And when they had bound him, they led [him] away, and delivered him to Pontius Pilate the governor.
Note 1 at Mt 27:2: There was no need to bind Jesus. He had submitted to them without any resistance and had forbidden His disciples to fight when He was taken (Joh 18:10-11). Furthermore, if Jesus had wanted to escape, they couldn't have restrained Him no matter how much they bound Him (see note 2 at Mt 26:53).
Note 2 at Mt 27:2: This was the civil trial of Jesus (see note 1 at Mt 26:57). By comparing all of the Gospel writers' accounts, we can arrive at the following order of events in this trial.
First, Pilate questioned Jesus, and Jesus answered Him (see note 5 at Joh 18:33). The chief priests and elders then accused Him of many things, but Jesus answered nothing (Mt 27:12-14 and Mr 15:3-5). Through the Jews' accusations, Pilate learned that Jesus was under Herod's jurisdiction, and he sent Him to Herod (Lu 23:5-7). Herod sent Jesus back to Pilate, having found Him innocent (Lu 23:14-15). Pilate then tried to sway the Jews to his verdict by offering them a choice between releasing Barabbas or Jesus (Mt 27:15-22, Mr 15:6-14, Lu 23:16-19, and Joh 18:39-40).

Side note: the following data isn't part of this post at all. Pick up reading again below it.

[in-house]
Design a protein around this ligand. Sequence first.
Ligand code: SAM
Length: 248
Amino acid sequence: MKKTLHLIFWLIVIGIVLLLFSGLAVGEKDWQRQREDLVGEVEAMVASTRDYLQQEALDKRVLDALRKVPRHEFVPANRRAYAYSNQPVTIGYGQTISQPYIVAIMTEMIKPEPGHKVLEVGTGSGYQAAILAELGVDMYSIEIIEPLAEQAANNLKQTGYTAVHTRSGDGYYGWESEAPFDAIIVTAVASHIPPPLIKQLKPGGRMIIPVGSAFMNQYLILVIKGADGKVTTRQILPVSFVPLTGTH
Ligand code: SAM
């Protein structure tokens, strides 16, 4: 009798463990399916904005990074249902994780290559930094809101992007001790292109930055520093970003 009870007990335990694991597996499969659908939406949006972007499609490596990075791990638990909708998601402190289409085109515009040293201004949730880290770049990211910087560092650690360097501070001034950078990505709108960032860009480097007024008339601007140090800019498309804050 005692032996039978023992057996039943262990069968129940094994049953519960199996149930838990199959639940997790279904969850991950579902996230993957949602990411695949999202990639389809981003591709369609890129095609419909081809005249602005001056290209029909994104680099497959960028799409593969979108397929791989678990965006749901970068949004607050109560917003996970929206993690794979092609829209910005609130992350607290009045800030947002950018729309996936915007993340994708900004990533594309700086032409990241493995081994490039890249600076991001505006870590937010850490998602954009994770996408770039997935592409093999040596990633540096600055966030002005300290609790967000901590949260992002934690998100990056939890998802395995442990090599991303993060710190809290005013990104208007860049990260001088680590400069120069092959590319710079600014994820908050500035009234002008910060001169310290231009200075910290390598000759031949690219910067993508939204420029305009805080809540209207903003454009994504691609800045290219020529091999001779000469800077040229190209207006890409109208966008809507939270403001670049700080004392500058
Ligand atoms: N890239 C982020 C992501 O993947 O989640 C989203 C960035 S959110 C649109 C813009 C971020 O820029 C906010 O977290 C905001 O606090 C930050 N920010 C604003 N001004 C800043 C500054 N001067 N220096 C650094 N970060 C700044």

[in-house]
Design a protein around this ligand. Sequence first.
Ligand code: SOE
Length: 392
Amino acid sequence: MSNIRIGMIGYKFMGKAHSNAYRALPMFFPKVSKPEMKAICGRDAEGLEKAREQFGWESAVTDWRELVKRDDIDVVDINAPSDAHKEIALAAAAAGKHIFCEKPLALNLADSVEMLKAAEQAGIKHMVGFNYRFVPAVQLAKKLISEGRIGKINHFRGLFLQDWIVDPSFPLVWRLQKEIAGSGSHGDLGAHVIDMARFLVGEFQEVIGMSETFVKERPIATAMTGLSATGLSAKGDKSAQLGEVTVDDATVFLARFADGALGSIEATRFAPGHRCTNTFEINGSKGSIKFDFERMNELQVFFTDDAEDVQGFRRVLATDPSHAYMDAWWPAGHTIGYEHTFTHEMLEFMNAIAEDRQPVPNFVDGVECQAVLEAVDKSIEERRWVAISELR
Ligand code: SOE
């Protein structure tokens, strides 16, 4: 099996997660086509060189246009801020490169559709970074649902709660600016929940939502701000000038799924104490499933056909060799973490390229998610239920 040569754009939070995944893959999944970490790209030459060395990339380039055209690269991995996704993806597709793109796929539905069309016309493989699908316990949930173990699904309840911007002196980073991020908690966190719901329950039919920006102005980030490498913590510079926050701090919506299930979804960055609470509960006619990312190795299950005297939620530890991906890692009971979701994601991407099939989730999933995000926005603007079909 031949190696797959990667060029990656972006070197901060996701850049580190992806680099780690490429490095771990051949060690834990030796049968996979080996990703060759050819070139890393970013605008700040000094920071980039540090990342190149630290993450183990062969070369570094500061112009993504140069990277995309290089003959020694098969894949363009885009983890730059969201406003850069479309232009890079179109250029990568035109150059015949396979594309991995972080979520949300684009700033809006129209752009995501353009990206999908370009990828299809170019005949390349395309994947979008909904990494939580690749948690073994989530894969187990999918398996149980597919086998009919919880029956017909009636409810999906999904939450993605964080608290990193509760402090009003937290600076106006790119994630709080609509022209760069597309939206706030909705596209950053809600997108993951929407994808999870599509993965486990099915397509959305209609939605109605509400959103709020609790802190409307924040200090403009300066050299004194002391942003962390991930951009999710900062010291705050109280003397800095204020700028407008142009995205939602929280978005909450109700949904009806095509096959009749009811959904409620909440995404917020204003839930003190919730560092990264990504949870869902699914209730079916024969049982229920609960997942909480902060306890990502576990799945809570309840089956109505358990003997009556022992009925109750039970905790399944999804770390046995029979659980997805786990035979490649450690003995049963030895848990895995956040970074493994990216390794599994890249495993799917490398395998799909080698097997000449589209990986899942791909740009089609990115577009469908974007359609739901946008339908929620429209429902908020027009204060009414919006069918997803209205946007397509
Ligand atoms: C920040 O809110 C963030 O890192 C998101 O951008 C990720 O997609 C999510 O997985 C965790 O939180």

When Pilate's offer failed, he then beat Jesus and mocked Him, hoping to appease the Jews (Joh 19:1-5). The Jews continued to demand Jesus' death and mentioned that Jesus claimed to be the Son of God (Joh 19:7). Pilate again interrogated Jesus, but this time, Jesus gave no answer (Joh 19:8-9). Pilate tried to intimidate Jesus, but Jesus' answer convinced Pilate to let Jesus go (Joh 19:10-12). When the Jews threatened Pilate with charges of treason if he didn't crucify Jesus (Joh 19:12), he finally conceded and condemned Jesus to death (Mt 27:26, Mr 15:15, Lu 23:24, and Joh 19:16).